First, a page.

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Video games getting smart, social and mobile

Video games getting smart, social and mobile
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First Published: Fri, Mar 09 2007. 11 00 AM IST
Updated: Fri, Mar 09 2007. 11 00 AM IST
SAN FRANCISCO: Reality, mobility and community were prime themes at the international video game developers gathering that ends on Friday in San Francisco.
Thousands of engineers who craft software for games played on computers, consoles or mobile devices mingled through the week, showing off innovations, forming alliances and swapping insights.
The Game Developers Conference was billed by organizers as the largest event of its kind and an estimated 12,500 people were expected to attend.
“If films were the entertainment industry of the last century then this century it is video games,” said Paul Kruszewski, chief technology officer at Montreal-based Engenuity Technologies Inc.
Kruszewski and his team showed off AI.implant, software that essentially made computerized video game opponents smarter with artificial intelligence.
As was clear from demonstrations throughout two cavernous exposition halls at the conference, video game graphics were nearing film-quality imagery.
Technology from Silicon Studios of Tokyo enabled gamers to put animated copies of their own faces onto customized animated characters used in computer games or virtual worlds such as Second Life.
Firms that make other game-enhancing software, referred to as “middleware,” also displayed technology that immersed players in three-dimensional scenes.
“The visual is done; we are almost at photo quality,” Kruszewski told AFP. “The next generation of gaming is about interactivity. They have given us realistic environments and we are giving them realistic opponents.”
Imbuing video game enemies with artificial intelligence lets them adapt to changing conditions such as debris scattered by explosions or improvised player tactics.
Computerized video game opponents have traditionally been limited to specific programmed actions, making them predictable to those that play repeatedly.
The increasing realism of game visuals and environments has caught the interest of the US military, reported to be a driving force behind the development of “serious games” designed for training instead of fun.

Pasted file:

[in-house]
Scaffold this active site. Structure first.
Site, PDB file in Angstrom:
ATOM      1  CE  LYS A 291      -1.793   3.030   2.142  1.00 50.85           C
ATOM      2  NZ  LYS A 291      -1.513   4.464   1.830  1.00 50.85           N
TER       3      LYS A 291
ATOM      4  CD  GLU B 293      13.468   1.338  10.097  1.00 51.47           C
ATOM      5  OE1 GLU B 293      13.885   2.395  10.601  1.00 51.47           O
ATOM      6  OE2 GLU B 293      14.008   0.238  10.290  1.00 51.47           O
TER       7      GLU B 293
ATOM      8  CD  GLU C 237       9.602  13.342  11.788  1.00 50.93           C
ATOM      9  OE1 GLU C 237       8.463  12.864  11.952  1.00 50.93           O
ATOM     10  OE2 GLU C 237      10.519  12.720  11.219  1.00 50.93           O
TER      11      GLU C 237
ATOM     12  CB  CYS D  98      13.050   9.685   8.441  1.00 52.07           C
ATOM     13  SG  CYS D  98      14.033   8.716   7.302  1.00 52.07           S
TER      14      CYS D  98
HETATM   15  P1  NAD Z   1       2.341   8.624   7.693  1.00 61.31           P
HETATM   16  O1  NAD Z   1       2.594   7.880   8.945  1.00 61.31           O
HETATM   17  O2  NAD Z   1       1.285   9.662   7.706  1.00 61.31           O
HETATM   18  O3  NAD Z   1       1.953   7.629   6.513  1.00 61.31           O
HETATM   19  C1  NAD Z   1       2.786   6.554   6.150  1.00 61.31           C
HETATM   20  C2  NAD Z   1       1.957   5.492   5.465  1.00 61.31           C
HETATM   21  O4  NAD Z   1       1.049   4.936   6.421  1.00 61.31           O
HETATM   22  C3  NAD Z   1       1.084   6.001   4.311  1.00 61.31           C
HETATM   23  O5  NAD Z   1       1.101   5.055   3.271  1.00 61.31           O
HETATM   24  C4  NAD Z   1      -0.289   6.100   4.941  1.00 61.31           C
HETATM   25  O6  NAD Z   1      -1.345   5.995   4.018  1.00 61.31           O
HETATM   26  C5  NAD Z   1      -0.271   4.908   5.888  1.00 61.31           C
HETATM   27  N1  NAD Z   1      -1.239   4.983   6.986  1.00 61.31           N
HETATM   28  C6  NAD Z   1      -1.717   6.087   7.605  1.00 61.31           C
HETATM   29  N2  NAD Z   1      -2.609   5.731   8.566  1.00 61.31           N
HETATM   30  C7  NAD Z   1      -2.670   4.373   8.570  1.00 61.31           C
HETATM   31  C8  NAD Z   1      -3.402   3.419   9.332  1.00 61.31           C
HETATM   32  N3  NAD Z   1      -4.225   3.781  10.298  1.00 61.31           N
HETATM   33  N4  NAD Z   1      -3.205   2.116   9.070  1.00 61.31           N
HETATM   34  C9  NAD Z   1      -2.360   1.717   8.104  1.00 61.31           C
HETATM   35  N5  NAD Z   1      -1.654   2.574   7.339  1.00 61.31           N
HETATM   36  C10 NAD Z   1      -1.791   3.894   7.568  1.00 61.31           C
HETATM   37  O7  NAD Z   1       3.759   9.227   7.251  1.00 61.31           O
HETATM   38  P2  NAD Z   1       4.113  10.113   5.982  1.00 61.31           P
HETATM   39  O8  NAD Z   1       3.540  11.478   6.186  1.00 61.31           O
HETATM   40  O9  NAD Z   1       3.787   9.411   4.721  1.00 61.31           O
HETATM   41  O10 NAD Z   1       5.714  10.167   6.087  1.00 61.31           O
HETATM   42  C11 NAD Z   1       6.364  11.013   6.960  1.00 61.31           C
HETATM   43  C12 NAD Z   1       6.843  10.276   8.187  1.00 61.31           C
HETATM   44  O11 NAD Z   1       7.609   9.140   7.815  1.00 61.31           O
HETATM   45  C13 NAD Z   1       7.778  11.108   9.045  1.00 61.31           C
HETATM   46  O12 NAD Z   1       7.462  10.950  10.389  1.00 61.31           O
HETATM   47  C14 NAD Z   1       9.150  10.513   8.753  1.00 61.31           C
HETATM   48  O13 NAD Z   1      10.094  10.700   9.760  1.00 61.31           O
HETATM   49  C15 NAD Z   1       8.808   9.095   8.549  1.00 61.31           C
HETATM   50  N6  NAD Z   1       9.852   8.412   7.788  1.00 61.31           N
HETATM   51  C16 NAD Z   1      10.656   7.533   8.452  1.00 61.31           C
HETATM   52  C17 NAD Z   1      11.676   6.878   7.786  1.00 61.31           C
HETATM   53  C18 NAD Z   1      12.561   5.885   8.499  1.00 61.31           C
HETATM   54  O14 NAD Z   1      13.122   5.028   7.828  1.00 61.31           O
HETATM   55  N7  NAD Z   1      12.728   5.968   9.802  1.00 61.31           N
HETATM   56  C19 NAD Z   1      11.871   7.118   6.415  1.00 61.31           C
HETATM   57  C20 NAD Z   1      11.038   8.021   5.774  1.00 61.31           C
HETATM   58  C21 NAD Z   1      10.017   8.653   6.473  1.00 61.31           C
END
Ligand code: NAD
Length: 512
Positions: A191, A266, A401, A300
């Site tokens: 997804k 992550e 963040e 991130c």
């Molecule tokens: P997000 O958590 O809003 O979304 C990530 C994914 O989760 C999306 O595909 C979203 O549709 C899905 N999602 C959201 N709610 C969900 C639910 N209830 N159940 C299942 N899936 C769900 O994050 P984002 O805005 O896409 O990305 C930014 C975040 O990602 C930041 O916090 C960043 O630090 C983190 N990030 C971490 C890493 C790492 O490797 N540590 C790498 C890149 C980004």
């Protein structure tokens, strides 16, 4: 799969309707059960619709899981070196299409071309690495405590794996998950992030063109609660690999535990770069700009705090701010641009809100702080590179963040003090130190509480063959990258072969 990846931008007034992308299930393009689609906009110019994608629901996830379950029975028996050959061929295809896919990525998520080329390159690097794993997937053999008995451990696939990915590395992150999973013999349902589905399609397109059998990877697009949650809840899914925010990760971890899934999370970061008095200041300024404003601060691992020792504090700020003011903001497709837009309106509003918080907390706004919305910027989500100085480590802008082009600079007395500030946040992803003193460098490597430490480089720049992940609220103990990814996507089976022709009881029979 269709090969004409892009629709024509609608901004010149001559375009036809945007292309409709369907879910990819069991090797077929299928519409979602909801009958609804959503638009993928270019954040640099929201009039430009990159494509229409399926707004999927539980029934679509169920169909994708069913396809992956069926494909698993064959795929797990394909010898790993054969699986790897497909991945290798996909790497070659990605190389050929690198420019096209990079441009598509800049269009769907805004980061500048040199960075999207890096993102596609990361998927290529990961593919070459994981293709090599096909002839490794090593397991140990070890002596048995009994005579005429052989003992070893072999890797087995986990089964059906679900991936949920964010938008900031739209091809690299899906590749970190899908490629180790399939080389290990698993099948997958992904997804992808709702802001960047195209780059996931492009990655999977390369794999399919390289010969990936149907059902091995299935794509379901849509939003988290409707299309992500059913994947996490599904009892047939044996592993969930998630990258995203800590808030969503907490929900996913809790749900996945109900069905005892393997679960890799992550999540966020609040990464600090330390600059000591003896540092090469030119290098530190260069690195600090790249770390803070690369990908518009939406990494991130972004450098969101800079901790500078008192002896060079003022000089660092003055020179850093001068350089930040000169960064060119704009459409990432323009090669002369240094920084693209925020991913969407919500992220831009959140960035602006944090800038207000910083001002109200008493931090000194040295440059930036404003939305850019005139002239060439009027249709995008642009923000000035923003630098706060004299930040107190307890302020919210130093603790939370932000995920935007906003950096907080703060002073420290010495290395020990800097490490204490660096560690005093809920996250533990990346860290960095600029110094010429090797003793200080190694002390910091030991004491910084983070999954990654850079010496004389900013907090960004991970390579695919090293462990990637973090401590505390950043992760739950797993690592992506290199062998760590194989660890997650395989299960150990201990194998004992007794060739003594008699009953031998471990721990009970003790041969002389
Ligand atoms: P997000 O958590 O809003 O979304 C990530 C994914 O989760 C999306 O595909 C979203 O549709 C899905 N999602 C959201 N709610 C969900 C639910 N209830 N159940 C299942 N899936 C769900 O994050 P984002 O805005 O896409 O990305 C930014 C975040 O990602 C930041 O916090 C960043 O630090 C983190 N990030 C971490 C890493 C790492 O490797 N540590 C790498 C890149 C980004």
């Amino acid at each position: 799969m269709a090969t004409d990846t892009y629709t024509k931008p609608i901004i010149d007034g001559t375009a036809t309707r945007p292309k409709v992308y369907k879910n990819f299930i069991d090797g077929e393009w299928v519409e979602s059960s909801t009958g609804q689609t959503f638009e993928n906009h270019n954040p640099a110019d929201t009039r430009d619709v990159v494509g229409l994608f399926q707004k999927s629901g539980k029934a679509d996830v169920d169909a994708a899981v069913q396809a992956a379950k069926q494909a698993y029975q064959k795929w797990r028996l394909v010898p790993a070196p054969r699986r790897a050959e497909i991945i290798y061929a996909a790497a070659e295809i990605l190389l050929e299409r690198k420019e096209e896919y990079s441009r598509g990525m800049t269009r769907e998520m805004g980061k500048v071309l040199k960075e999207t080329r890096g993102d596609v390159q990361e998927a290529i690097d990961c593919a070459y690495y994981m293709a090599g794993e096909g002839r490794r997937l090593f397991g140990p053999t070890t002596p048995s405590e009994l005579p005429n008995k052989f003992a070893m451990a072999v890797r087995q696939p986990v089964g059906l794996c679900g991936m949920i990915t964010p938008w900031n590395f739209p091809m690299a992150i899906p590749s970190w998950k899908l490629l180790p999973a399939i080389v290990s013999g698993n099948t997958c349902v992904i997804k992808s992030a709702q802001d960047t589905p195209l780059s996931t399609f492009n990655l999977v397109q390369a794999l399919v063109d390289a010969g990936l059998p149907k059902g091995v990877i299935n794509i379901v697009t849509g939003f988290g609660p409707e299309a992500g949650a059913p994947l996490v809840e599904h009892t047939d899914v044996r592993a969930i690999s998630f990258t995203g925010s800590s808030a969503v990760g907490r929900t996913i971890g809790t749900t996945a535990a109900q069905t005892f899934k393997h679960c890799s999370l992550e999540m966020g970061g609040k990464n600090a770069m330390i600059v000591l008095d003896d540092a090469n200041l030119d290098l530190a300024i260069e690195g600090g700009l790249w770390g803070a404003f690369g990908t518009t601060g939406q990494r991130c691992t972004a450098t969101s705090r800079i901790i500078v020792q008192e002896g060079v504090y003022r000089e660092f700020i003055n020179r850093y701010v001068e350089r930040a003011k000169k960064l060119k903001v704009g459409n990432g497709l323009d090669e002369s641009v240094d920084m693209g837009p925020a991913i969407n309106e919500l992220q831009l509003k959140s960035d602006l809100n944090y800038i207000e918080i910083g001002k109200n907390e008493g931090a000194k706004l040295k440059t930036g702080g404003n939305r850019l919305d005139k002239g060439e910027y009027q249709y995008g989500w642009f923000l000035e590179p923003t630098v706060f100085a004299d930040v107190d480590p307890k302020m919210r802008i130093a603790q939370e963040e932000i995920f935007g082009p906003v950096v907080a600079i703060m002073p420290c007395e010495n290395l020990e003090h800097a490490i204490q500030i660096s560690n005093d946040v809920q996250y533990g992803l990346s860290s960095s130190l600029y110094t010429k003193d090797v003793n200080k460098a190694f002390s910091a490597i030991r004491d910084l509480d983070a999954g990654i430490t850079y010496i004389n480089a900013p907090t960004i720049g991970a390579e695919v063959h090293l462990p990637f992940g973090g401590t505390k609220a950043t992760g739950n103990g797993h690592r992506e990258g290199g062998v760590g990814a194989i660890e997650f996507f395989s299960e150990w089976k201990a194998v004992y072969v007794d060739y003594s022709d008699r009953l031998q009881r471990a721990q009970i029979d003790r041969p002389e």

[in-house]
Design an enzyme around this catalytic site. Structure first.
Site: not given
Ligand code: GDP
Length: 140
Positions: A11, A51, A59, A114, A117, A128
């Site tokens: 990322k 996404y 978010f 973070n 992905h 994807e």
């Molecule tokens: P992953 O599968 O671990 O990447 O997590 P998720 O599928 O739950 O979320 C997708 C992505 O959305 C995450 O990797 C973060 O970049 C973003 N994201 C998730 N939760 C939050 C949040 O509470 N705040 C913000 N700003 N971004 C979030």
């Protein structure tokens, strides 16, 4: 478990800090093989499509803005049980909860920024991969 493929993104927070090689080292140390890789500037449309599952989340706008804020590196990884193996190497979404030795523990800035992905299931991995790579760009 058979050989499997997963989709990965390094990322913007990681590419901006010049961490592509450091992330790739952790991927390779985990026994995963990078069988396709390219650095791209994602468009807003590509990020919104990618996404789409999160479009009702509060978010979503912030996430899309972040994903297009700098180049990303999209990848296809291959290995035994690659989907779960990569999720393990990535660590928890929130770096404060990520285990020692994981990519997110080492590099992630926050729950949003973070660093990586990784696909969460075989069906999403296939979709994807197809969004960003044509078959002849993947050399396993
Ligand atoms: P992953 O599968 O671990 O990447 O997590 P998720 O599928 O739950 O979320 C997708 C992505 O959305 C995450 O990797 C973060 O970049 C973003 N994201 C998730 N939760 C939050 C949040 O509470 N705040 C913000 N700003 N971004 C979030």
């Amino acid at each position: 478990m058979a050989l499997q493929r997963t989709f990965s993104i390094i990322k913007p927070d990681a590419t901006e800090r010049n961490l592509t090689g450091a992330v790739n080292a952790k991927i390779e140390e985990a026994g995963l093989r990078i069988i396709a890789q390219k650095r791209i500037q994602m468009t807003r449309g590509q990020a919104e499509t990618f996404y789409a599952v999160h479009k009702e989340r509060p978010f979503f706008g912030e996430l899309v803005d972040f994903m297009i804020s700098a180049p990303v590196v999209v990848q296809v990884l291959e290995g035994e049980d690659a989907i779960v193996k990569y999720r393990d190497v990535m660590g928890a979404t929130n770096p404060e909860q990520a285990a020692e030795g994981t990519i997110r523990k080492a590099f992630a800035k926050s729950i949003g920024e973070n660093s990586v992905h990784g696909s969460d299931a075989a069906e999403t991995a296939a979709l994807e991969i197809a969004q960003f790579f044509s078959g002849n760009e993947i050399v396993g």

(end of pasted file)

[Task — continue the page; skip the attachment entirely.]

“I’ve been coming to the Game Developers Conference for seven years and never saw a uniform before this time,” Kruszewski said. “There are a lot of military here and they want the latest simulation technology.”
A large swath of the exposition was devoted to mobile games with wireless technology firms such as Qualcomm enticing developers to create games for the skyrocketing number of people who play on the go.
“Everything is going to converge -- iPods, mobile phones, MP3 players, video games,” Howard Yeh said as he lured passersby into playing a version of Dance Dance Revolution powered by a Qualcomm chip in a handheld device.
“Our competitors from all over the place are here now.”
A cornucopia of new mobile game titles were being previewed at GDC.
“Mobile gaming is getting huge,” said Jo Stichbury of Nokia’s premier mobile game platform N-Gage. “It’s one of the biggest sectors of the download market.”
Along with games for the gamut of devices, including rival PlayStation, Xbox and Wii consoles by Sony, Microsoft and Nintendo respectively, were ways to play against friends either online or by wirelessly linking handheld devices.
“What gamers are looking for in games isn’t always the best graphics, audio or picture, but communication,” Nintendo game-making icon Shigeru Miyamoto said on Thursday in a keynote speech at the conference.
“We must always remember the human touch.”
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First Published: Fri, Mar 09 2007. 11 00 AM IST
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